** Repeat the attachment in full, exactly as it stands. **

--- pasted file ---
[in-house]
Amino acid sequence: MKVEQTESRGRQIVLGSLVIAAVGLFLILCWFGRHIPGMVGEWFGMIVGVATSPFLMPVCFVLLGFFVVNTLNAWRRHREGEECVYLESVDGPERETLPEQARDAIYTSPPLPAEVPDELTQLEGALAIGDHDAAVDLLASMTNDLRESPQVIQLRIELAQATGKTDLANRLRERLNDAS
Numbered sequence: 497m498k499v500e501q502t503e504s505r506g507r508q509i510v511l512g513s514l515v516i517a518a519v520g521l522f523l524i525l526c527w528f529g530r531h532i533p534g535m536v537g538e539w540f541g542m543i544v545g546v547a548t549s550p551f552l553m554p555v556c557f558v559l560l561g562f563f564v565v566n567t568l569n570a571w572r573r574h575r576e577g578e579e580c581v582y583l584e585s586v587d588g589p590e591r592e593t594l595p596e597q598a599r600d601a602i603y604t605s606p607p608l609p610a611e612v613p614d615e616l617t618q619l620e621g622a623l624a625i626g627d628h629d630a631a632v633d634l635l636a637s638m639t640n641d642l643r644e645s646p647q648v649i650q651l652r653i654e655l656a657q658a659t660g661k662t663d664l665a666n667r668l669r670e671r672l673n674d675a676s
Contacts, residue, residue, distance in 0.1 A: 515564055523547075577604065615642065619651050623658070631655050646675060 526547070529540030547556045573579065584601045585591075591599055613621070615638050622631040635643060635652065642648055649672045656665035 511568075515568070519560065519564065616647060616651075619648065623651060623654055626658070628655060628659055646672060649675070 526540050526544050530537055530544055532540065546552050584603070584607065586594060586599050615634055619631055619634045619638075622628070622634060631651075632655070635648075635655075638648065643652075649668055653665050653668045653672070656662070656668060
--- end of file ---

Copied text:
[in-house]
Amino acid sequence: MKVEQTESRGRQIVLGSLVIAAVGLFLILCWFGRHIPGMVGEWFGMIVGVATSPFLMPVCFVLLGFFVVNTLNAWRRHREGEECVYLESVDGPERETLPEQARDAIYTSPPLPAEVPDELTQLEGALAIGDHDAAVDLLASMTNDLRESPQVIQLRIELAQATGKTDLANRLRERLNDAS
Numbered sequence: 497m498k499v500e501q502t503e504s505r506g507r508q509i510v511l512g513s514l515v516i517a518a519v520g521l522f523l524i525l526c527w528f529g530r531h532i533p534g535m536v537g538e539w540f541g542m543i544v545g546v547a548t549s550p551f552l553m554p555v556c557f558v559l560l561g562f563f564v565v566n567t568l569n570a571w572r573r574h575r576e577g578e579e580c581v582y583l584e585s586v587d588g589p590e591r592e593t594l595p596e597q598a599r600d601a602i603y604t605s606p607p608l609p610a611e612v613p614d615e616l617t618q619l620e621g622a623l624a625i626g627d628h629d630a631a632v633d634l635l636a637s638m639t640n641d642l643r644e645s646p647q648v649i650q651l652r653i654e655l656a657q658a659t660g661k662t663d664l665a666n667r668l669r670e671r672l673n674d675a676s
Contacts, residue, residue, distance in 0.1 A: 515564055523547075577604065615642065619651050623658070631655050646675060 526547070529540030547556045573579065584601045585591075591599055613621070615638050622631040635643060635652065642648055649672045656665035 511568075515568070519560065519564065616647060616651075619648065623651060623654055626658070628655060628659055646672060649675070 526540050526544050530537055530544055532540065546552050584603070584607065586594060586599050615634055619631055619634045619638075622628070622634060631651075632655070635648075635655075638648065643652075649668055653665050653668045653672070656662070656668060